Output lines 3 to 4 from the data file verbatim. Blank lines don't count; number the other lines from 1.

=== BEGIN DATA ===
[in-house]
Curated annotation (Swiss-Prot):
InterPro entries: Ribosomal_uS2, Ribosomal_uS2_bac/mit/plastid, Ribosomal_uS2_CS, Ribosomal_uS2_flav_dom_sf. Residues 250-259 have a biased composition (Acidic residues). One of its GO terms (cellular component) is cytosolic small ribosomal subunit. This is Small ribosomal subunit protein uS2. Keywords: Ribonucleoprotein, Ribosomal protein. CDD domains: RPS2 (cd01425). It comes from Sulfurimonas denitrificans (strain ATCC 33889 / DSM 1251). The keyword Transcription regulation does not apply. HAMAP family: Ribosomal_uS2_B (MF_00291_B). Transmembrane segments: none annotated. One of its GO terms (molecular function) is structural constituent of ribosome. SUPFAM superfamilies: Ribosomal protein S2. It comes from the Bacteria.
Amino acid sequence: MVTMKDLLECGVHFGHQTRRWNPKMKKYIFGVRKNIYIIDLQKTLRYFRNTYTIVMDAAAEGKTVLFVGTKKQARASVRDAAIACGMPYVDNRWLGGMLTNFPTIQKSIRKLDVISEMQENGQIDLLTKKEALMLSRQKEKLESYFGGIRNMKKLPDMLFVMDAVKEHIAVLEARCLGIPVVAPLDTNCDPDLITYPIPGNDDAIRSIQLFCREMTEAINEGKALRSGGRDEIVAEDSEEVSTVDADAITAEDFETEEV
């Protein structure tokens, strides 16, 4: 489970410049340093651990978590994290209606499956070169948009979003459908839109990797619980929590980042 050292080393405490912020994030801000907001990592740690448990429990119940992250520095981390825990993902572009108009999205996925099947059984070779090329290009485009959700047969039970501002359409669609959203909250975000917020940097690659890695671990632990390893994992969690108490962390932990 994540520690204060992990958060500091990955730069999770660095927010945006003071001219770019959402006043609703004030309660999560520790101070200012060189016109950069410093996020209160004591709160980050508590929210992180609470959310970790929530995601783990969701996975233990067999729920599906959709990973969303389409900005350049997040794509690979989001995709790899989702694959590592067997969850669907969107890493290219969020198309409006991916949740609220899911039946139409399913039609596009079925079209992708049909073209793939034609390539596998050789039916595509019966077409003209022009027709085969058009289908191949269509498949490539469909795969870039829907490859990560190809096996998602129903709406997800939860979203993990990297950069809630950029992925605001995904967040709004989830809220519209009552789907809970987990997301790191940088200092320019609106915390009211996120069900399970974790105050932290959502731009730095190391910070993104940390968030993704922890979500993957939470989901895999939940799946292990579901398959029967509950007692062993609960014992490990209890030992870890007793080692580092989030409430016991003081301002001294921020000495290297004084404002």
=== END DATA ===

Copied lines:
InterPro entries: Ribosomal_uS2, Ribosomal_uS2_bac/mit/plastid, Ribosomal_uS2_CS, Ribosomal_uS2_flav_dom_sf. Residues 250-259 have a biased composition (Acidic residues). One of its GO terms (cellular component) is cytosolic small ribosomal subunit. This is Small ribosomal subunit protein uS2. Keywords: Ribonucleoprotein, Ribosomal protein. CDD domains: RPS2 (cd01425). It comes from Sulfurimonas denitrificans (strain ATCC 33889 / DSM 1251). The keyword Transcription regulation does not apply. HAMAP family: Ribosomal_uS2_B (MF_00291_B). Transmembrane segments: none annotated. One of its GO terms (molecular function) is structural constituent of ribosome. SUPFAM superfamilies: Ribosomal protein S2. It comes from the Bacteria.
Amino acid sequence: MVTMKDLLECGVHFGHQTRRWNPKMKKYIFGVRKNIYIIDLQKTLRYFRNTYTIVMDAAAEGKTVLFVGTKKQARASVRDAAIACGMPYVDNRWLGGMLTNFPTIQKSIRKLDVISEMQENGQIDLLTKKEALMLSRQKEKLESYFGGIRNMKKLPDMLFVMDAVKEHIAVLEARCLGIPVVAPLDTNCDPDLITYPIPGNDDAIRSIQLFCREMTEAINEGKALRSGGRDEIVAEDSEEVSTVDADAITAEDFETEEV